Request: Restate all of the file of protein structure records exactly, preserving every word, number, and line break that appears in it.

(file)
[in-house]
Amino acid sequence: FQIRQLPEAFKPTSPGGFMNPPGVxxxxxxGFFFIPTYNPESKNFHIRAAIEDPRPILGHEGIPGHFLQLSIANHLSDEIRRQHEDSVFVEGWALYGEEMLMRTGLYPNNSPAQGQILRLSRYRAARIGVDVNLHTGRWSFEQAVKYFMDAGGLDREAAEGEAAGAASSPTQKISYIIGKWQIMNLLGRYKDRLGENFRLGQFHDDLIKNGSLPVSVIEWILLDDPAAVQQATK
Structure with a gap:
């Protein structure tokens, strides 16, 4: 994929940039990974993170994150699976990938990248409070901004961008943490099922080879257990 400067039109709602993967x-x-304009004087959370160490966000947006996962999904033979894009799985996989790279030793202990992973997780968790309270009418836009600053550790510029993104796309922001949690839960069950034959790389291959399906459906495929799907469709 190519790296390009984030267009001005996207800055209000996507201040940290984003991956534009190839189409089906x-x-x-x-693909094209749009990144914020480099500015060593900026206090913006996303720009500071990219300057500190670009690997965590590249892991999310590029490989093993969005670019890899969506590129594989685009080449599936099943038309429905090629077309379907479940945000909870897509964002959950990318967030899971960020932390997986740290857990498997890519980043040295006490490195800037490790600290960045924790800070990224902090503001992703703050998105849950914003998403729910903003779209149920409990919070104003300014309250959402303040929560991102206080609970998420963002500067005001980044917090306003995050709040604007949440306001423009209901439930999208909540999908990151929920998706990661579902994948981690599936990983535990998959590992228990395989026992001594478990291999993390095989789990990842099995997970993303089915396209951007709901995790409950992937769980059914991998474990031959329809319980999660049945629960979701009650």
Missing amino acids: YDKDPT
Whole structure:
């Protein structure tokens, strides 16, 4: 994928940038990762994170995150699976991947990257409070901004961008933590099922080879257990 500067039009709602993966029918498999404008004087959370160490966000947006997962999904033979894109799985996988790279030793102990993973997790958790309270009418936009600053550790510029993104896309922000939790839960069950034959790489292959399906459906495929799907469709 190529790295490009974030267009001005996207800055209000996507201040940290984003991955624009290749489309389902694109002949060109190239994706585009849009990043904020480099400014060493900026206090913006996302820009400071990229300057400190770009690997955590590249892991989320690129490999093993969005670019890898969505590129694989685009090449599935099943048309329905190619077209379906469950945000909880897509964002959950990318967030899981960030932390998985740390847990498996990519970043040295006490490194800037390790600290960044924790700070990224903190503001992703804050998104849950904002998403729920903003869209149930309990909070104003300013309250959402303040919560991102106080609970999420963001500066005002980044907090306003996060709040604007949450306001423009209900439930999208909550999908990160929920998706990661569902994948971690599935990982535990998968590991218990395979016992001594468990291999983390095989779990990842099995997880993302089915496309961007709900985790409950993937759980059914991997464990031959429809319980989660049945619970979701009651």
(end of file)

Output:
[in-house]
Amino acid sequence: FQIRQLPEAFKPTSPGGFMNPPGVxxxxxxGFFFIPTYNPESKNFHIRAAIEDPRPILGHEGIPGHFLQLSIANHLSDEIRRQHEDSVFVEGWALYGEEMLMRTGLYPNNSPAQGQILRLSRYRAARIGVDVNLHTGRWSFEQAVKYFMDAGGLDREAAEGEAAGAASSPTQKISYIIGKWQIMNLLGRYKDRLGENFRLGQFHDDLIKNGSLPVSVIEWILLDDPAAVQQATK
Structure with a gap:
């Protein structure tokens, strides 16, 4: 994929940039990974993170994150699976990938990248409070901004961008943490099922080879257990 400067039109709602993967x-x-304009004087959370160490966000947006996962999904033979894009799985996989790279030793202990992973997780968790309270009418836009600053550790510029993104796309922001949690839960069950034959790389291959399906459906495929799907469709 190519790296390009984030267009001005996207800055209000996507201040940290984003991956534009190839189409089906x-x-x-x-693909094209749009990144914020480099500015060593900026206090913006996303720009500071990219300057500190670009690997965590590249892991999310590029490989093993969005670019890899969506590129594989685009080449599936099943038309429905090629077309379907479940945000909870897509964002959950990318967030899971960020932390997986740290857990498997890519980043040295006490490195800037490790600290960045924790800070990224902090503001992703703050998105849950914003998403729910903003779209149920409990919070104003300014309250959402303040929560991102206080609970998420963002500067005001980044917090306003995050709040604007949440306001423009209901439930999208909540999908990151929920998706990661579902994948981690599936990983535990998959590992228990395989026992001594478990291999993390095989789990990842099995997970993303089915396209951007709901995790409950992937769980059914991998474990031959329809319980999660049945629960979701009650």
Missing amino acids: YDKDPT
Whole structure:
């Protein structure tokens, strides 16, 4: 994928940038990762994170995150699976991947990257409070901004961008933590099922080879257990 500067039009709602993966029918498999404008004087959370160490966000947006997962999904033979894109799985996988790279030793102990993973997790958790309270009418936009600053550790510029993104896309922000939790839960069950034959790489292959399906459906495929799907469709 190529790295490009974030267009001005996207800055209000996507201040940290984003991955624009290749489309389902694109002949060109190239994706585009849009990043904020480099400014060493900026206090913006996302820009400071990229300057400190770009690997955590590249892991989320690129490999093993969005670019890898969505590129694989685009090449599935099943048309329905190619077209379906469950945000909880897509964002959950990318967030899981960030932390998985740390847990498996990519970043040295006490490194800037390790600290960044924790700070990224903190503001992703804050998104849950904002998403729920903003869209149930309990909070104003300013309250959402303040919560991102106080609970999420963001500066005002980044907090306003996060709040604007949450306001423009209900439930999208909550999908990160929920998706990661569902994948971690599935990982535990998968590991218990395979016992001594468990291999983390095989779990990842099995997880993302089915496309961007709900985790409950993937759980059914991997464990031959429809319980989660049945619970979701009651």